Podcasts, Radio Programmes and a TED Talk

Here are five links to some intelligent insights about why we should learn to be more comfortable with talking about death, before it happens.

Dying Matters ‘Let’s Talk About It’.  14 podcasts from the charity Hospice UK. It’s talking to people who do talk about death.  Thoughtful and informative.

Simon Evans Goes to Market – Death BBC Radio 4 programme – Laugh out loud at the economics of death

We need to Talk about Death’ Joan Bakewell 9 episodes.  Another BBC Radio 4 programme.  Informative.  This explores choices open to us.

At a Death Cafe people, often strangers, gather to eat cake, drink tea and discuss death.  It is a Social Franchise.

Michell Knox talks with straightforward gentle humour about why you should ‘take ownership of your finale’

If you have been asked to be someone’s executor, the Verat Executor app can help you hold conversations with the will writer.  It is a place where you can store the information you may need when carrying out your role.  If the will writer shares information about themselves before they die, it will make your life as an executor easier and less likely to make a mistake.

The Verat Executor app is available on The App Store and Google Play.

Executor’s Insurance Policy

If you have asked someone to be your executor, do you and they know what the possible pitfalls are?

The Trustee Act 2000 says that as an executor, you are personally liable if you make a mistake (or do something deliberately wrong).  The liability is unlimited.  This liability last for 12 years after the death of the estate owner.

Insurance policies are available for executors.  I found one for £560 that covers up to £1,000,000 for 18 months (NOT 12 years…).  The cost of the policy can come out of the estate (if there is enough money in the estate).

According to ExecutorsInsurance.co.uk. the reasons you may face a claim against you are:

  • “Neglecting to properly insure the assets of the estate if it suffers a claim
  • Diminishing the estate through imprudent investment and inadequate book keeping
  • Failure to pay the correct taxes on the estate
  • Selling an asset without the agreement of all the executors involved with the estate
  • Engaging in an action which constitutes a conflict of interest without declaring or disclosing your interest to all relevant parties
  • Improperly delegating a decision to someone who has no legal authority over the estate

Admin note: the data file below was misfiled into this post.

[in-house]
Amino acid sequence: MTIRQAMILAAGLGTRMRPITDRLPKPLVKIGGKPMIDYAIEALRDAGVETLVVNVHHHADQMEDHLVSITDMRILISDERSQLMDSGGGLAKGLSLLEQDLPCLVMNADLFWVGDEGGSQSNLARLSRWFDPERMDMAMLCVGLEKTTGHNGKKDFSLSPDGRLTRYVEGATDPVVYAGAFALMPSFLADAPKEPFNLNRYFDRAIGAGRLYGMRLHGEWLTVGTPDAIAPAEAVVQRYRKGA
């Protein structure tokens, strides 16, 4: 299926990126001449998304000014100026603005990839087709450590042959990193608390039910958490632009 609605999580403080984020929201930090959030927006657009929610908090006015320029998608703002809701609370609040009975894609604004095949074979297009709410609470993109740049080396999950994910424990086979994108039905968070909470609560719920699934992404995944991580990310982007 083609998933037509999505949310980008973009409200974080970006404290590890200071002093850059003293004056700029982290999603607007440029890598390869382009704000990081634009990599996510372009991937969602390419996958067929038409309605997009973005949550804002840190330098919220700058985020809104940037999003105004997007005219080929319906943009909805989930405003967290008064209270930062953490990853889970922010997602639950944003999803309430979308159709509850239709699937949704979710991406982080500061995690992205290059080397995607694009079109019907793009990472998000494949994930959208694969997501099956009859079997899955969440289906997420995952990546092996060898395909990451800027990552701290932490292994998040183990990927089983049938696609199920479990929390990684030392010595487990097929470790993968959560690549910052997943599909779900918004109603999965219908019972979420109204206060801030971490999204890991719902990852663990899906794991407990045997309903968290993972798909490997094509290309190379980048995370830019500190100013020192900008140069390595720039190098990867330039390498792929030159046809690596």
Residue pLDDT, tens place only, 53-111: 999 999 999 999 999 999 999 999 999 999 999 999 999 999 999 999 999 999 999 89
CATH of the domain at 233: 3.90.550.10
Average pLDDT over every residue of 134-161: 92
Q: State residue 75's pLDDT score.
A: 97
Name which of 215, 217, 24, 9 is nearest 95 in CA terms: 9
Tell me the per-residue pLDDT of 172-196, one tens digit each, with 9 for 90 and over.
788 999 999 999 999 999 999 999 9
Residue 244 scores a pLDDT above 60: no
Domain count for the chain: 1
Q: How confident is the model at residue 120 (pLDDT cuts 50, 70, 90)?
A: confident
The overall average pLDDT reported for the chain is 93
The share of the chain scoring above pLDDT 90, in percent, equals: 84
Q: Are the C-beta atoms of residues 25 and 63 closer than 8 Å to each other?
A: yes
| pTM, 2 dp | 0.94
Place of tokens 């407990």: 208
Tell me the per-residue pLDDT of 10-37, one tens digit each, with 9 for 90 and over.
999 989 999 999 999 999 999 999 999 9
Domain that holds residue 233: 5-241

• Paying or distributing goods, chattels or assets to the wrong beneficiary and then failing to recover those assets or monies to the detriment of other beneficiaries
  • Failing to identify a creditor who subsequently makes a claim after the estate has been distributed
  • Missing an overseas bank account relating to the estate which subsequently comes to light and results in a tax fine after the estate has been distributed.”


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Executor – What if there is no will? Who sorts things out?

The Administrator

If someone has died and not left a will, someone still needs to sort out what to do with everything left behind.  This person is known as the ‘administrator’.

You can apply to become the estate’s administrator if you were the:

spouse (husband or wife) – even if you were separated

civil partner



You cannot apply to be the estate’s administrator if you were the partner of the person but were not their spouse or civil partner when they died, i.e living together, even if it has been years and you had children together, gives you no legal recognition (there is no such thing as a ‘common law’ wife or husband).

Citizens Advice has a more detailed list on the link here.

How to apply to be the administrator

To apply, you follow the same steps as applying for probate.  I’ve written another blog to help with this.

There are several steps you need to take before you can apply for ‘letters of administration’, again in other blogs I have explained what you need to do.

Once you are in a position to apply, this page on the Gov.uk website is helpful.

If you are applying by post you will need to fill in form PA1A – linked here.

You will need to send it, with supporting documents to your district probate registry – the Gov.uk website has the addresses – link here.